A recent study about the adverse events associated with vaccines has been used to reassure parents that vaccines rarely cause serious adverse events. The article states that pediatricians are using the study as "ammunition" in order to convince parents to consent to vaccines for their children.
The main concern was that the MMR vaccine was causally linked to autism. While several thousand children who were administered the MMR vaccine and were later to be diagnosed with autism, the vaccine courts found no causal link between the two. With regards to other vaccines studied by the committee, the most important realization was that in "135 of the vaccine-adverse event pairs examined, the committee determined that there was insufficient evidence to accept or reject causation, in most cases because the adverse event occurred extremely rarely or research on its relation to the vaccine reached conflicting results." This is a direct effect from doctors and their lack of knowledge about the VAERs database or the vaccine program in general. Reporting adverse events to VAERs is crucial to monitoring reactions to vaccines and spurring medical studies to commence to detail a causal link.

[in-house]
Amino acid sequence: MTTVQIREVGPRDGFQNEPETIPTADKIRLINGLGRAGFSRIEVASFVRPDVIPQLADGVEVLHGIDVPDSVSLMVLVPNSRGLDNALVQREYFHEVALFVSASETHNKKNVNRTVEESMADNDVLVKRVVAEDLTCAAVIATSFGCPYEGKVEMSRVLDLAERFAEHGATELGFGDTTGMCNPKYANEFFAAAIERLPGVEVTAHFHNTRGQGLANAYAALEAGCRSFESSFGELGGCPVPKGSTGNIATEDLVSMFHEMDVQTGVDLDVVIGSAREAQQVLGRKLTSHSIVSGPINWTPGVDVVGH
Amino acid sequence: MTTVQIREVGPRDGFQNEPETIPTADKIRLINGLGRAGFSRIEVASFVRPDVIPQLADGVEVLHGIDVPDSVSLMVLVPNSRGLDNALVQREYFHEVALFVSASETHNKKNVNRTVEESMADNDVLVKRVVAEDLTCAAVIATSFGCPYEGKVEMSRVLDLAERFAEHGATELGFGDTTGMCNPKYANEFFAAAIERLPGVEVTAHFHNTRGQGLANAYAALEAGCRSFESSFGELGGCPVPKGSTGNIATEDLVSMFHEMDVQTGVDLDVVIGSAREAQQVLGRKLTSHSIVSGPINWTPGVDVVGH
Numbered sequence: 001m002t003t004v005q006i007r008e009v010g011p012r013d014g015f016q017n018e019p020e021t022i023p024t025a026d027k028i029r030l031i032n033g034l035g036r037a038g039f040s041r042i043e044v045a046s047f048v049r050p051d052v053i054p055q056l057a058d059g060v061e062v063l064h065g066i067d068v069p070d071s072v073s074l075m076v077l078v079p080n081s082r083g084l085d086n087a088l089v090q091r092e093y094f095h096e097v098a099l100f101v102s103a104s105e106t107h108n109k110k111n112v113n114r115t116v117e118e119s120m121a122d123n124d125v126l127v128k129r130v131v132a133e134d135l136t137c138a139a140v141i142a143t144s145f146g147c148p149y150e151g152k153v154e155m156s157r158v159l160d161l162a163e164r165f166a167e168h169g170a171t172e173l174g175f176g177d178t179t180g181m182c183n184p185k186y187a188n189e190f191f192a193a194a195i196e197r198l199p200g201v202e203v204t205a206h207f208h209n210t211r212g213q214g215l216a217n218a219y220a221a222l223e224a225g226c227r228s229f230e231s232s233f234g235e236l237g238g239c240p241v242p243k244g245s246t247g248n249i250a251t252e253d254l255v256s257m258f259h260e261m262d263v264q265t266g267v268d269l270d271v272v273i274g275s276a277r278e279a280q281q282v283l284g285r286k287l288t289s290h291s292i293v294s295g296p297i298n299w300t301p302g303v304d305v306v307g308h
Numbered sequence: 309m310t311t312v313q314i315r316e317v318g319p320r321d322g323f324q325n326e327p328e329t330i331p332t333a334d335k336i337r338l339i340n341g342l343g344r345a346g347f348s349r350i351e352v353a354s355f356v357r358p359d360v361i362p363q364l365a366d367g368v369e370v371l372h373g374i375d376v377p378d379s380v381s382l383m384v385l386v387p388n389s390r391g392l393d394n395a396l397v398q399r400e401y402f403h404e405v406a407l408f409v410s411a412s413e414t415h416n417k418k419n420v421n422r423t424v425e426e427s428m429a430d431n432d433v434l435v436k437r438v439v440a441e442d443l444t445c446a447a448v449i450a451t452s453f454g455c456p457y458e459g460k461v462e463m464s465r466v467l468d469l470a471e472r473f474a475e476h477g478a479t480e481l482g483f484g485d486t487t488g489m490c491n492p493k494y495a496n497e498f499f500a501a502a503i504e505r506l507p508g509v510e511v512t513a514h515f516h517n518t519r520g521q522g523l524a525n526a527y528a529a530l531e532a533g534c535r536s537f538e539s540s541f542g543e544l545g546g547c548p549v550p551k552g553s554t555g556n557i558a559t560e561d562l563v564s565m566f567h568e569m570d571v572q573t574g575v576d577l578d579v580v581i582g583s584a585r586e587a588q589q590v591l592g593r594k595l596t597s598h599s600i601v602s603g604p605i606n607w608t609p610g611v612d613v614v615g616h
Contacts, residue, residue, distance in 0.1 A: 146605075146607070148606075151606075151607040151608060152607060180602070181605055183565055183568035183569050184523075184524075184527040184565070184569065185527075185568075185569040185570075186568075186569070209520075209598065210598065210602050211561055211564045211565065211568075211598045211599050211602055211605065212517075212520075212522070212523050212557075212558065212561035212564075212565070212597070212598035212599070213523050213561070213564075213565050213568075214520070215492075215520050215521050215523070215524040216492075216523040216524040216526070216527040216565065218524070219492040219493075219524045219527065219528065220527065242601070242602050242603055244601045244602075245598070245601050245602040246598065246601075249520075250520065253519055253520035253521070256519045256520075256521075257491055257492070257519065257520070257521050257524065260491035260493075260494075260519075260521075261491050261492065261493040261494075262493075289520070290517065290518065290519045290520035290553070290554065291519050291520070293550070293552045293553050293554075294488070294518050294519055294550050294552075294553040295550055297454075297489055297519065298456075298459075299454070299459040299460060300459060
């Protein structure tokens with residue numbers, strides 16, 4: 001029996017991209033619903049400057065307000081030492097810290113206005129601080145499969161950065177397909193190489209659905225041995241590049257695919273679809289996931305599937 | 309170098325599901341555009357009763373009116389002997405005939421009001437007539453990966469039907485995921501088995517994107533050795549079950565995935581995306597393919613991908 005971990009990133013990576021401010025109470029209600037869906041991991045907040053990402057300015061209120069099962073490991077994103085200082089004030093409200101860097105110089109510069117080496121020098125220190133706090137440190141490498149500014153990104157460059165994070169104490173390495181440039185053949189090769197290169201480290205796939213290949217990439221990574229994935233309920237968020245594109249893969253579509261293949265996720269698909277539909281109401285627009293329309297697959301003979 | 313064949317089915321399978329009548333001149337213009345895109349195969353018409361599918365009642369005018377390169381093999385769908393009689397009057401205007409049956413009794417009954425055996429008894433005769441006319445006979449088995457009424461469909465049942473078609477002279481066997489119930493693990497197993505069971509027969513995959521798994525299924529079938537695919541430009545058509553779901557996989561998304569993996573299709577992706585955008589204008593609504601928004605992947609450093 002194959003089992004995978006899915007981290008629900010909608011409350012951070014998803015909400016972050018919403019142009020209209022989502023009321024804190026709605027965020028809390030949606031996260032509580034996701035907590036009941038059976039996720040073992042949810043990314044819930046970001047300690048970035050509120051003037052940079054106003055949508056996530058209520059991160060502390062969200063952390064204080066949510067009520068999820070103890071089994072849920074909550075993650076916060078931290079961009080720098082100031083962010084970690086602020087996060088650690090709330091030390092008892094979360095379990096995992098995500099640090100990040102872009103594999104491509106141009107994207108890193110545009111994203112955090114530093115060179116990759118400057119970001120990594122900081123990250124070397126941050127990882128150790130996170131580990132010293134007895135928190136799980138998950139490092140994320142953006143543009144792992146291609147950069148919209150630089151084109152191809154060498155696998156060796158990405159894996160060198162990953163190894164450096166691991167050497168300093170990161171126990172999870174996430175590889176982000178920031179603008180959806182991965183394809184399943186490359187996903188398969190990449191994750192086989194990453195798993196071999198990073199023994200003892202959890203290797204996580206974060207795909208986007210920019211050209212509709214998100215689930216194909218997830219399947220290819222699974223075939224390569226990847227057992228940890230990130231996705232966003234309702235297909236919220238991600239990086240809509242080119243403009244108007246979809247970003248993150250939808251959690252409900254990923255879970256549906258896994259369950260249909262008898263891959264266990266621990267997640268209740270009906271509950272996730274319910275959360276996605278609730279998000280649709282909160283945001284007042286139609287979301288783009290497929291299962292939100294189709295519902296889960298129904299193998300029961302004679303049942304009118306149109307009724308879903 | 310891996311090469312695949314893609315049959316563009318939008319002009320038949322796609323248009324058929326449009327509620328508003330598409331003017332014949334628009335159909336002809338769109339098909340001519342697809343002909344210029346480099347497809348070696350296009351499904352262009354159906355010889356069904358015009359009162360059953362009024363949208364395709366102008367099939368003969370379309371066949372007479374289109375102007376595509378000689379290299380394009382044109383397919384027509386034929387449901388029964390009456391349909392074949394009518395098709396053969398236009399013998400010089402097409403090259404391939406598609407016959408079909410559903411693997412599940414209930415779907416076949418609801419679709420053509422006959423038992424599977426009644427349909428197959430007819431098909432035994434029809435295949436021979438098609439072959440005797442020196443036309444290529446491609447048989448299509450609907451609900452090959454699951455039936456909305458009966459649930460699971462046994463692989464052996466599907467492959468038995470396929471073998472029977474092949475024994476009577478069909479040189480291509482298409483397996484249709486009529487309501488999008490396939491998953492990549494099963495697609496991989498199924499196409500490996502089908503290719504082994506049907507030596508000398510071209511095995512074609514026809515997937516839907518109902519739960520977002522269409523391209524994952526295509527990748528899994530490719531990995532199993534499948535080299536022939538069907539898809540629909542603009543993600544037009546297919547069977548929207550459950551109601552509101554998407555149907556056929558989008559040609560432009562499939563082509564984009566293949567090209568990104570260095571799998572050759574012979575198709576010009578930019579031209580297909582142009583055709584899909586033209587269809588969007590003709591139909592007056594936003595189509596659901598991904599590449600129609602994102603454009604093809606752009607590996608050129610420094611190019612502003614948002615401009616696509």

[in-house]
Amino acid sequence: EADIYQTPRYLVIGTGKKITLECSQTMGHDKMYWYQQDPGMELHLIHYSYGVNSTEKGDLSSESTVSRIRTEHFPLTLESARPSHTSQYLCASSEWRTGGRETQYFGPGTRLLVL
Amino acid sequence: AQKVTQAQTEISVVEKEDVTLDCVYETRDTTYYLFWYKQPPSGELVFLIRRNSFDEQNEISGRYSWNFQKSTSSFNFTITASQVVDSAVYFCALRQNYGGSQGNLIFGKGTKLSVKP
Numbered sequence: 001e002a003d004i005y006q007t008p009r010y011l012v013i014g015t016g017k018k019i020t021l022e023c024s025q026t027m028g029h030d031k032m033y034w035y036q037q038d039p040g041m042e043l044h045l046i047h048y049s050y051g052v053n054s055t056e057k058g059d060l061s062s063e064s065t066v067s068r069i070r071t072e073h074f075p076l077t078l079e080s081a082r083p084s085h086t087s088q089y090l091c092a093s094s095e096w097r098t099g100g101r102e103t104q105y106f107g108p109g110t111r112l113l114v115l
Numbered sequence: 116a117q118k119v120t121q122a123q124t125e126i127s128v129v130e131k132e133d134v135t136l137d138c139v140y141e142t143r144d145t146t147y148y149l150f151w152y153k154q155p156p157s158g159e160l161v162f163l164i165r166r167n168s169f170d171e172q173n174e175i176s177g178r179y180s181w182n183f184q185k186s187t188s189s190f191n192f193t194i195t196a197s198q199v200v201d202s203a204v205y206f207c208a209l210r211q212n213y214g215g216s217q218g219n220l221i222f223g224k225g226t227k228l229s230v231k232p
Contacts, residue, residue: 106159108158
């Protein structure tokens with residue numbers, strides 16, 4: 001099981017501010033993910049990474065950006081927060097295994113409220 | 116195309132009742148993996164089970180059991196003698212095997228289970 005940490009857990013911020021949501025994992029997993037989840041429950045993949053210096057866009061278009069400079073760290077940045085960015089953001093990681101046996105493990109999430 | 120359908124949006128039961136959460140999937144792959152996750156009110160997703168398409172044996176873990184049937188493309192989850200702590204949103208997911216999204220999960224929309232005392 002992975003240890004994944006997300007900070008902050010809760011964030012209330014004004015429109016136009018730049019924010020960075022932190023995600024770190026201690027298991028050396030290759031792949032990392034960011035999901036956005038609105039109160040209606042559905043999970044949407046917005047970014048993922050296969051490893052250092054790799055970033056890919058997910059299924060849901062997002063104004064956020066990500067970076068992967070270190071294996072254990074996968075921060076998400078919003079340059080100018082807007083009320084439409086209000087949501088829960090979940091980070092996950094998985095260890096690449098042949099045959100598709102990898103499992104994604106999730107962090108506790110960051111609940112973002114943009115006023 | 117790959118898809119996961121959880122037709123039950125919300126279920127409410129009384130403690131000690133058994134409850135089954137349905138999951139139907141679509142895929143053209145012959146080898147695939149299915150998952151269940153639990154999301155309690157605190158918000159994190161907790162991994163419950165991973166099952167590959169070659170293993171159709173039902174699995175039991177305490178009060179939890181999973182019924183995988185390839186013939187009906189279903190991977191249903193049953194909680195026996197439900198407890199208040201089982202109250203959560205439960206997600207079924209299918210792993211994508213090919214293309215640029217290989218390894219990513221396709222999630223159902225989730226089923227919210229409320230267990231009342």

David Carney joined Philadelphia, PA firm, Anapol, Schwartz, Weiss, Cohan, Feldman & Smalley, P.C. in September 2010. He focuses his practice in medical malpractice, products liability, premises liability, motor vehicle accidents, dram shop, vaccine injury compensation, mass torts, class actions, asbestos and mesothelioma and other personal injury matters.